Supply chain management has been slow to leverage advances in data science. It's time to play catch up. Although supply chain management has been slow to the game, advances in data science are now quickly changing the way supply chains are managed. With free and powerful tools like Python and R now routinely being used to solve some of the most complex business problems, as evidenced on the data science competition site Kaggle.com, the days when you could develop deep insights and competitive advantage using spreadsheet models are long gone.
Industry 4.0 is quickly becoming a reality, transforming not just production processes but also the way logistics managers operate. Experts say we’ve reached a tipping point in technology, with rapid adoption forcing changes across the supply chain. Data-driven strategies, involving robotics and the internet of things (IoT), are now commonplace.
As consumers increasingly turn to e-commerce for all their shopping needs, speedy fulfillment isn’t just a “nice to have” — it’s the expectation of every online shopping experience. And if logistics companies and their retail partners want a shot at thwarting the ever-looming threat of Amazon Prime, it needs to be a priority.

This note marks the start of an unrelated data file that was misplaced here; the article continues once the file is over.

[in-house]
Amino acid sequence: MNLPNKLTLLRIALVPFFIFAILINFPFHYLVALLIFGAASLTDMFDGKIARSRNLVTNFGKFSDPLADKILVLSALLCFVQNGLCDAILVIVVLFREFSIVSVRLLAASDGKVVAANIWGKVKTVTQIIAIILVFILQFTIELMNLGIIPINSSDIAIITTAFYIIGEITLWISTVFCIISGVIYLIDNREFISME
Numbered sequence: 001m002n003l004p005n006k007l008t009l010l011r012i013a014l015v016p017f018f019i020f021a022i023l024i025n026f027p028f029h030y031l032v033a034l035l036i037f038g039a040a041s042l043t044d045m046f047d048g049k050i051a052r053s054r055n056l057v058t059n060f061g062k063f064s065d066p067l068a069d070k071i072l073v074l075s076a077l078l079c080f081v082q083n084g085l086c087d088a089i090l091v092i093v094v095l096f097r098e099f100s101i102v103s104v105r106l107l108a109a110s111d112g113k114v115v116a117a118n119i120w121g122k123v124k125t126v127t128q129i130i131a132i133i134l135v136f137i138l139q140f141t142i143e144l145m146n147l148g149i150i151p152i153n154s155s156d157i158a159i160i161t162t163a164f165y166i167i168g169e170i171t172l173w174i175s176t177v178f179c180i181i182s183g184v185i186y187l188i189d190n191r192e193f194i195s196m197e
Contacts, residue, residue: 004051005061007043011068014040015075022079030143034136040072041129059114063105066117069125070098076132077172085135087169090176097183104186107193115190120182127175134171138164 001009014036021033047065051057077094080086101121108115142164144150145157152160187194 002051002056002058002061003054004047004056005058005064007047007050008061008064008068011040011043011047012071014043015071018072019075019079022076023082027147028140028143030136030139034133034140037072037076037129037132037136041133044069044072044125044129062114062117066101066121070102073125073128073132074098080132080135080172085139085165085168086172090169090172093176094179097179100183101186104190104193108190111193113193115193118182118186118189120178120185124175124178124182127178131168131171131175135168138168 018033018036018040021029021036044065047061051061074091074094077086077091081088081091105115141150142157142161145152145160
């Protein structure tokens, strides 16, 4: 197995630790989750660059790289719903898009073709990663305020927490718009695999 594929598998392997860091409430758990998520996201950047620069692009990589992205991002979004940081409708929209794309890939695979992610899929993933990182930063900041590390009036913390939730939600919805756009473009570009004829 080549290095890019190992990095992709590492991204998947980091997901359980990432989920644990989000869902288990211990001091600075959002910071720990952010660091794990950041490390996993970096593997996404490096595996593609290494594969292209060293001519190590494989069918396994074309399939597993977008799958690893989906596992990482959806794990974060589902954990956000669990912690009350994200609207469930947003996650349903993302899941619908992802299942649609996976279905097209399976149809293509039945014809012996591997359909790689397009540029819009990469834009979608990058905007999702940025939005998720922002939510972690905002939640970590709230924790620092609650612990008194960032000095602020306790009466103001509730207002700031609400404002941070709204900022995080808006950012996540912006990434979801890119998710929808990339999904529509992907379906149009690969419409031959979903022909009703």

British supermarket Ocado is using robots to make online grocery shopping faster. They call it “the hive,” or “the grid.” Or sometimes just: “the machine.” It’s a huge structure that fills a warehouse on the outskirts of Andover, a small and quiet town in southeast England. There are more than a thousand of robots, each the size and shape of a washing machine, and they wheel about, night and day, moving groceries. Their job is to be cheaper and more efficient than humans, and they are very good at it.
Reaping the benefits of a technology-based supply chain used to be a luxury reserved only for the biggest enterprises. But buoyed by IT advancements and increasingly complex market conditions, businesses large and small are now getting in on the game.